Woman (27) with cerebral palsy settles case alleging post-birth injury for €12m

Case involving Jane Harte, who cannot speak or walk and has spastic quadriplegia, was settled without any admission of liability

A 27-year-old woman with cerebral palsy who sued over the care she received after her birth at a now-closed private maternity hospital in Cork city has settled her High Court action for €12 million.

Jane Harte, who cannot speak or walk and has spastic quadriplegia, took the action over her care at City General Hospital, Infirmary Road, Cork, in 1995 where her mother, then 16 years old, was a patient.

After the High Court approved the settlement on Wednesday, Jane’s mother said the conclusion of the case was “life-changing” for her daughter who will now be able to return home after living at a facility in Cork city.

“She is going to have a life with her family and siblings which she always deserved and which was taken from us really, " said Olivia Harte.


Jane will be able to get physio, to swim and will have a “far better quality of life”, she added.

The case was against retired consultant and gynaecologist Pallany Pillay (88), also of Cork City, who was the proprietor of City General Hospital, which closed in 2000. Mr Pillay was also a consultant at the hospital, and Jane’s mother, Olivia, was his private patient.

Liability was contested in the case and the settlement is without an admission of liability. It followed mediation talks between the parties.

At the opening of the case, Jane’s counsel, Dr John O’Mahony SC, told the court it was their case that after she was born healthy but had significant difficulty with her breathing and “went dramatically downhill”.

Counsel said that when she was transferred to the Erinville Hospital at 17 hours old she was “literally in extremis with severe septic shock” and later meningitis.

Dr O’Mahony, instructed by Callan Tansey solicitors, told the court that it was their case appropriate steps should have been taken at City General Hospital and, if given antibiotics, Jane would have recovered.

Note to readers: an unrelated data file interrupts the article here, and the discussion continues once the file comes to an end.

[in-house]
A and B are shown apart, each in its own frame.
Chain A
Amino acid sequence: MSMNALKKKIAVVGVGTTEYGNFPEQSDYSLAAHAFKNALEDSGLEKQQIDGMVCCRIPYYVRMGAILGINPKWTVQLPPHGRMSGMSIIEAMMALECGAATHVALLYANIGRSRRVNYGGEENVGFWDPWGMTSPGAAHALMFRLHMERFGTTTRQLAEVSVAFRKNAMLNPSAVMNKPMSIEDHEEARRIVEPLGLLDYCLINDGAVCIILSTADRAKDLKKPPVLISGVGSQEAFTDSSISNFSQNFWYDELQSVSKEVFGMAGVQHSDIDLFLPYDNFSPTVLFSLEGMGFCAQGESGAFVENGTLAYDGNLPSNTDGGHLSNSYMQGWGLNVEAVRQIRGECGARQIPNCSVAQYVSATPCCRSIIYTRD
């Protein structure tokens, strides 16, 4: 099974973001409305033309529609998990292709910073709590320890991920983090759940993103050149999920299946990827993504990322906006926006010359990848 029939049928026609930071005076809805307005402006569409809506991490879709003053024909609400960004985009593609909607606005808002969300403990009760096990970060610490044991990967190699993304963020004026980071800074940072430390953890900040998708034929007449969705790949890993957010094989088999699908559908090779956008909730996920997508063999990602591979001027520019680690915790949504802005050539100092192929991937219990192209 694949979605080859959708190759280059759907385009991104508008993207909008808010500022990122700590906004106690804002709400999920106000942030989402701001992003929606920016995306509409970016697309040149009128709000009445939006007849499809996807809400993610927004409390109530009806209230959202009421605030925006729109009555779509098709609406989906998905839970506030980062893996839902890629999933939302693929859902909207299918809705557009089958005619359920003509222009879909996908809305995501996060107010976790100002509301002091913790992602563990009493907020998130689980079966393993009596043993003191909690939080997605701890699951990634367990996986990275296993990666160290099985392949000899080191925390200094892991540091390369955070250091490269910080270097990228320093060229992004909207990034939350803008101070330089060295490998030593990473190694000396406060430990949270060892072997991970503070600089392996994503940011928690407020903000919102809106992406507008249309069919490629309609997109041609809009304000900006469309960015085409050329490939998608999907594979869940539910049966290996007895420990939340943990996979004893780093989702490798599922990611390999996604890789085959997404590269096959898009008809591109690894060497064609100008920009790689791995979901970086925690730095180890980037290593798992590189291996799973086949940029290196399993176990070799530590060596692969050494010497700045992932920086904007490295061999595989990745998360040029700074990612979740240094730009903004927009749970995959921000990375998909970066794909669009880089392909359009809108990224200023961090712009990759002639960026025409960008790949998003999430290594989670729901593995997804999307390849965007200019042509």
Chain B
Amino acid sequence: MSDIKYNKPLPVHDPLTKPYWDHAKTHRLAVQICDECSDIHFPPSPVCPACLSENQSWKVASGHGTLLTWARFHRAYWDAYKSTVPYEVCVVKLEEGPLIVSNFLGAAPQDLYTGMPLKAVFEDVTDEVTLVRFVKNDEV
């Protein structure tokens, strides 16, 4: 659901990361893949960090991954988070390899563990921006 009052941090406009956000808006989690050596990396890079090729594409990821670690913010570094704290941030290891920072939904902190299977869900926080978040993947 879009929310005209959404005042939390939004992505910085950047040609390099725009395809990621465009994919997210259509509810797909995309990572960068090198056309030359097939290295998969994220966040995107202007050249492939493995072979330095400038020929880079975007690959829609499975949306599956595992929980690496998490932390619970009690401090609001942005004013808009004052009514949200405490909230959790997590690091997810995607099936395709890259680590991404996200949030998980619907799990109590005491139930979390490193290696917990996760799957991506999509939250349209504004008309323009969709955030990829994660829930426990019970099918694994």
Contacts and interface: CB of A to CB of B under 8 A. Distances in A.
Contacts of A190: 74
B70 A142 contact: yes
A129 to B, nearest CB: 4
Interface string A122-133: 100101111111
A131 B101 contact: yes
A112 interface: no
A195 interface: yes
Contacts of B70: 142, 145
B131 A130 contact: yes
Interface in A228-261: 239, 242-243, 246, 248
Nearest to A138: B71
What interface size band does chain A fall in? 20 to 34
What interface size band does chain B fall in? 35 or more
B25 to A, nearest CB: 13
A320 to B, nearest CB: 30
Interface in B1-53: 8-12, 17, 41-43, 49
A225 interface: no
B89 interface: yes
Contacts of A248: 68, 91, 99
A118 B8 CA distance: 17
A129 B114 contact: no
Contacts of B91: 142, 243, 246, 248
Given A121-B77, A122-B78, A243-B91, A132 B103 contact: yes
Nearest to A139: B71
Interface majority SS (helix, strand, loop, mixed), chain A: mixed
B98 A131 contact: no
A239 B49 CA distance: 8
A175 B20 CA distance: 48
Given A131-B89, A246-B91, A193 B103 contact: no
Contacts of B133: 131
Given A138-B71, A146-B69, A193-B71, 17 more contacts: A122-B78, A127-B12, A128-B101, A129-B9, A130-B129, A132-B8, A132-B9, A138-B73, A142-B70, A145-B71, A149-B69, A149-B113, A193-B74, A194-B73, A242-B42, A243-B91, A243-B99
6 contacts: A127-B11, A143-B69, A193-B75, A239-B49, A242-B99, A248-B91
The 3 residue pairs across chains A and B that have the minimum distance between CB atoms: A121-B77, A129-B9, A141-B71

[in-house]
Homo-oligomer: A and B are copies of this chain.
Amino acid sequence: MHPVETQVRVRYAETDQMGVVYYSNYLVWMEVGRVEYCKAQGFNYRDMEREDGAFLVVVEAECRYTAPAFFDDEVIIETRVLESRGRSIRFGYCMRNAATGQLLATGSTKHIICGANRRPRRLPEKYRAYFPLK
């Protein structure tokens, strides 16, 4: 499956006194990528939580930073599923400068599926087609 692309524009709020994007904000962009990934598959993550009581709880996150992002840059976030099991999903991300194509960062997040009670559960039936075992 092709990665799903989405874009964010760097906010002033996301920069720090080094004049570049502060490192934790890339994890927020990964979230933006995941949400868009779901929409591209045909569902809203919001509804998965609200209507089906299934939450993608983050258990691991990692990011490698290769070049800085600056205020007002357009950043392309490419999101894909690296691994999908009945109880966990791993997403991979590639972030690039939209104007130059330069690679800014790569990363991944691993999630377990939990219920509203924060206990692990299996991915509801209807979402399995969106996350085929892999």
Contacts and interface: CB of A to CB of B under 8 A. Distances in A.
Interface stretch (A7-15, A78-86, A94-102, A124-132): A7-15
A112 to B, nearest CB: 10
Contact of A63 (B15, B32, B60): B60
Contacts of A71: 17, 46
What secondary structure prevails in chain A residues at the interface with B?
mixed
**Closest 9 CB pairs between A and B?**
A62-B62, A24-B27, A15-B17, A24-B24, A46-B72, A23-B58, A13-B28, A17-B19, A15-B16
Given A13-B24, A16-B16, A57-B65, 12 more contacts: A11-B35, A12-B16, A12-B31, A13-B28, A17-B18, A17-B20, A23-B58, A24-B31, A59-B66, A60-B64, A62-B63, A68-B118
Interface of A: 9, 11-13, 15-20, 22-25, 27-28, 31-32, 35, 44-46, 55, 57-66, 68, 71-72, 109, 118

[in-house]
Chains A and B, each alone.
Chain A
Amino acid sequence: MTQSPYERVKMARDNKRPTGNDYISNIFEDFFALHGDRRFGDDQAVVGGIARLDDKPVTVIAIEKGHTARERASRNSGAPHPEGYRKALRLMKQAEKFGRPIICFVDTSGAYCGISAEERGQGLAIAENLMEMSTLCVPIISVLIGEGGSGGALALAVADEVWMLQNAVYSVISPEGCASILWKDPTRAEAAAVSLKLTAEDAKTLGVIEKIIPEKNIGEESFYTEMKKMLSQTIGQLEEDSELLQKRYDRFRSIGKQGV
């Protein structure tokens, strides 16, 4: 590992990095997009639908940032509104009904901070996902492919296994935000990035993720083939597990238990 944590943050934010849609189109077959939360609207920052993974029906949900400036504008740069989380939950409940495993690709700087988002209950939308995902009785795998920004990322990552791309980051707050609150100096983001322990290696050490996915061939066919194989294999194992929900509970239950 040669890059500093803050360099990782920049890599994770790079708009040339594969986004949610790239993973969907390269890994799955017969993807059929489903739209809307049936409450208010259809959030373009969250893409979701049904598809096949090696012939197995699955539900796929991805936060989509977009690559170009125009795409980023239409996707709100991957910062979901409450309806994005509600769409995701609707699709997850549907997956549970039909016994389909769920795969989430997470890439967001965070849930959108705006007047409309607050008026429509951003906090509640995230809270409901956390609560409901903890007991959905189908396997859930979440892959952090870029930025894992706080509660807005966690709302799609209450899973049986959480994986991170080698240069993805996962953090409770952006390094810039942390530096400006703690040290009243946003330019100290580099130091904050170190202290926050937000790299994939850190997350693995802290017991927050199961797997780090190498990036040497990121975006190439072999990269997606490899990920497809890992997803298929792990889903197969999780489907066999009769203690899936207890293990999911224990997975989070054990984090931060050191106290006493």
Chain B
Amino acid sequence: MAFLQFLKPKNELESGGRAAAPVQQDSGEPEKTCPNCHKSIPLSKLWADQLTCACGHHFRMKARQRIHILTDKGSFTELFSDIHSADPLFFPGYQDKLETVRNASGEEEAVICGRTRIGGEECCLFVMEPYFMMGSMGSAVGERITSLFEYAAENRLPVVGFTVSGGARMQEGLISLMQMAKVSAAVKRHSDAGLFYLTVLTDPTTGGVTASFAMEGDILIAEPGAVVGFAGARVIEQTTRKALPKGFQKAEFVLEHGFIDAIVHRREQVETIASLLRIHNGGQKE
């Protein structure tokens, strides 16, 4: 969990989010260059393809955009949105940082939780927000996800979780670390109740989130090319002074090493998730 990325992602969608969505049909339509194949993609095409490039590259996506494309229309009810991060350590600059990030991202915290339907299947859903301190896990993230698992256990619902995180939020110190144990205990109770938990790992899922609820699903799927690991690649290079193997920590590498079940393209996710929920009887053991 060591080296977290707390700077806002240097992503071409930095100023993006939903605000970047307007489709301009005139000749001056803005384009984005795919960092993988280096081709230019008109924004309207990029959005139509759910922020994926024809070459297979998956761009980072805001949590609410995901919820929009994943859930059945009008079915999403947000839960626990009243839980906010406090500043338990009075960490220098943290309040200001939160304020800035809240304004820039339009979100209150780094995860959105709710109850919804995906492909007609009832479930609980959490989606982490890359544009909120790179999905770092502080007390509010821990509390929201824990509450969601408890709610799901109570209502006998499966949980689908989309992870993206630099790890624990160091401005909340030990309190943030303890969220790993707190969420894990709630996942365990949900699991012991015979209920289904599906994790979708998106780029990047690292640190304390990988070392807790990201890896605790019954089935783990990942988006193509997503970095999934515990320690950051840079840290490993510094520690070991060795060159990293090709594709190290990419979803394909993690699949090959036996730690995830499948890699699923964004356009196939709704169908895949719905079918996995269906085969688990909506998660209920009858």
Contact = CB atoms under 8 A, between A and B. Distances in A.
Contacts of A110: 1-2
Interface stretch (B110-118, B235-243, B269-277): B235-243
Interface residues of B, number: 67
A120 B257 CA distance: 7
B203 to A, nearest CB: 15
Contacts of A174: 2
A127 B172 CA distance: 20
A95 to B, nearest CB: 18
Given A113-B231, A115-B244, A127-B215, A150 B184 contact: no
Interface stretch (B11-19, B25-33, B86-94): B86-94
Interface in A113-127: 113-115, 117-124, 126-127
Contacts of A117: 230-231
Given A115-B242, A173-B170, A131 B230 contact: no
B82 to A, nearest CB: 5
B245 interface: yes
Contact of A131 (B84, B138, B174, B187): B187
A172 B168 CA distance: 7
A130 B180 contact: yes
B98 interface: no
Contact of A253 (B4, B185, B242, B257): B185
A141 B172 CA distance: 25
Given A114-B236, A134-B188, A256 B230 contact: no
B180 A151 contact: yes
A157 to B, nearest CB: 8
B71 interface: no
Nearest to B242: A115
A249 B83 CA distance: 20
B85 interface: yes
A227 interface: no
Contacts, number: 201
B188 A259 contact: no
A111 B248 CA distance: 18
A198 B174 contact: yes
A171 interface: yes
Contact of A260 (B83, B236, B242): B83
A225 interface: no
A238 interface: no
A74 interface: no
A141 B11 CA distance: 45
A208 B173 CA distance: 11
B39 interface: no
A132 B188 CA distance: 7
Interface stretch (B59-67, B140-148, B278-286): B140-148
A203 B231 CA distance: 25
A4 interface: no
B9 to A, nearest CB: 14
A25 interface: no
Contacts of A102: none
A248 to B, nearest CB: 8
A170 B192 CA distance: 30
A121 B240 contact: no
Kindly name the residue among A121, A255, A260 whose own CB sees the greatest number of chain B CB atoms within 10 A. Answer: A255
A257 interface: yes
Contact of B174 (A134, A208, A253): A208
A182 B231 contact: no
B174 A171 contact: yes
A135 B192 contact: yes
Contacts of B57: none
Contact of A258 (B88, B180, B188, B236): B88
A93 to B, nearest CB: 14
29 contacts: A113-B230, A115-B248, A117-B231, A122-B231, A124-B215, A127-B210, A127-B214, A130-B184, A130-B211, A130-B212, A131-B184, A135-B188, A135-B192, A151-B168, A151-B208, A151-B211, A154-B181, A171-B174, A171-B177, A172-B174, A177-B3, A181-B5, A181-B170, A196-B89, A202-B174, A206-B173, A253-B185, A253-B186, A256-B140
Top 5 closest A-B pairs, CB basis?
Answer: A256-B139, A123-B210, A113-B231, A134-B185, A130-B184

Counsel for Mr Pillay, Adrienne Egan SC, told Ms Justice Leonie Reynolds on Tuesday that liability was contested.

She said it was accepted that the baby developed meningitis but at issue in the case was when the relevant symptoms arose.

Counsel said records from the closed hospital were destroyed in 2015 and these proceedings were initiated three years ago.

In the proceedings, it was claimed Jane started to grunt after her birth on October 8th, 1995, and that her mother clearly recalls the baby’s noisy breathing and moaning that allegedly worsened as time passed.

Despite showing worsening respiratory distress the baby did not receive any antibiotics, the case alleges.

It was claimed this was despite her mother and other relatives who were present at the hospital repeatedly expressing their serious concerns for the baby’s wellbeing.

She was transferred to the neonatal until of the then-Erinville Hospital in her grandmother’s car and accompanied by a midwife.

On the baby’s arrival at the Erinville she was close to death, it was claimed.

It was claimed there was a delay in the treatment of the baby’s Group B streptococcus early-onset sepsis and meningitis. It is claimed that had she been treated appropriately when she first exhibited respiratory distress she would not have developed septic shock and meningitis.

The alleged delay in administering antibiotics allegedly caused septic shock and meningitis which caused her brain damage.

All of the claims were denied.